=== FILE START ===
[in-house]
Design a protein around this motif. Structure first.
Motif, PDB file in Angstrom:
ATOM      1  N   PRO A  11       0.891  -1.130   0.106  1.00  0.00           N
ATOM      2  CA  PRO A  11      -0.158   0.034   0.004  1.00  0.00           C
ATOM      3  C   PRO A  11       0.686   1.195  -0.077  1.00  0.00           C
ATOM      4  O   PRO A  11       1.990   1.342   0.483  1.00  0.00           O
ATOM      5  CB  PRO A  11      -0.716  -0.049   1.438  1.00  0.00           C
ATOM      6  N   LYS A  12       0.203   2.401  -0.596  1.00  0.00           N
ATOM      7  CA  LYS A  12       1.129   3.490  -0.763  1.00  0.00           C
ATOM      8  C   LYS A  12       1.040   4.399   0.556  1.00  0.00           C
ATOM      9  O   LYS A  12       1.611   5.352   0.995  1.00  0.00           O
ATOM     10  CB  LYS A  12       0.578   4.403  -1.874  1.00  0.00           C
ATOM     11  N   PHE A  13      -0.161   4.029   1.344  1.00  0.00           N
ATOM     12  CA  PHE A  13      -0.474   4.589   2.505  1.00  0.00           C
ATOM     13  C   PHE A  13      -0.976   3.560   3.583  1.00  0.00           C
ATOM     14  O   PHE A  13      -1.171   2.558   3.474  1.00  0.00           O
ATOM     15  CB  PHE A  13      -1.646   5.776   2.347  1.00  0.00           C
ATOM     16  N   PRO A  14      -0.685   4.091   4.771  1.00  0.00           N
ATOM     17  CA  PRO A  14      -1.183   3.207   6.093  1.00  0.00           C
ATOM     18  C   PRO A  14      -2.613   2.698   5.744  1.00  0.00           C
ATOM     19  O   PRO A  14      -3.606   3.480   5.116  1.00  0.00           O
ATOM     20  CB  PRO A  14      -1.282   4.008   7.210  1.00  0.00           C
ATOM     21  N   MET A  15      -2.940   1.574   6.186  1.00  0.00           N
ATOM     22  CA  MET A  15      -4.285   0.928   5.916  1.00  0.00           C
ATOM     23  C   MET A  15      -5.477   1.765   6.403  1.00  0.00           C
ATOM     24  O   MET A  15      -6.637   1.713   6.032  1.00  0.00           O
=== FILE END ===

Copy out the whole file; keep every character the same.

[in-house]
Design a protein around this motif. Structure first.
Motif, PDB file in Angstrom:
ATOM      1  N   PRO A  11       0.891  -1.130   0.106  1.00  0.00           N
ATOM      2  CA  PRO A  11      -0.158   0.034   0.004  1.00  0.00           C
ATOM      3  C   PRO A  11       0.686   1.195  -0.077  1.00  0.00           C
ATOM      4  O   PRO A  11       1.990   1.342   0.483  1.00  0.00           O
ATOM      5  CB  PRO A  11      -0.716  -0.049   1.438  1.00  0.00           C
ATOM      6  N   LYS A  12       0.203   2.401  -0.596  1.00  0.00           N
ATOM      7  CA  LYS A  12       1.129   3.490  -0.763  1.00  0.00           C
ATOM      8  C   LYS A  12       1.040   4.399   0.556  1.00  0.00           C
ATOM      9  O   LYS A  12       1.611   5.352   0.995  1.00  0.00           O
ATOM     10  CB  LYS A  12       0.578   4.403  -1.874  1.00  0.00           C
ATOM     11  N   PHE A  13      -0.161   4.029   1.344  1.00  0.00           N
ATOM     12  CA  PHE A  13      -0.474   4.589   2.505  1.00  0.00           C
ATOM     13  C   PHE A  13      -0.976   3.560   3.583  1.00  0.00           C
ATOM     14  O   PHE A  13      -1.171   2.558   3.474  1.00  0.00           O
ATOM     15  CB  PHE A  13      -1.646   5.776   2.347  1.00  0.00           C
ATOM     16  N   PRO A  14      -0.685   4.091   4.771  1.00  0.00           N
ATOM     17  CA  PRO A  14      -1.183   3.207   6.093  1.00  0.00           C
ATOM     18  C   PRO A  14      -2.613   2.698   5.744  1.00  0.00           C
ATOM     19  O   PRO A  14      -3.606   3.480   5.116  1.00  0.00           O
ATOM     20  CB  PRO A  14      -1.282   4.008   7.210  1.00  0.00           C
ATOM     21  N   MET A  15      -2.940   1.574   6.186  1.00  0.00           N
ATOM     22  CA  MET A  15      -4.285   0.928   5.916  1.00  0.00           C
ATOM     23  C   MET A  15      -5.477   1.765   6.403  1.00  0.00           C
ATOM     24  O   MET A  15      -6.637   1.713   6.032  1.00  0.00           O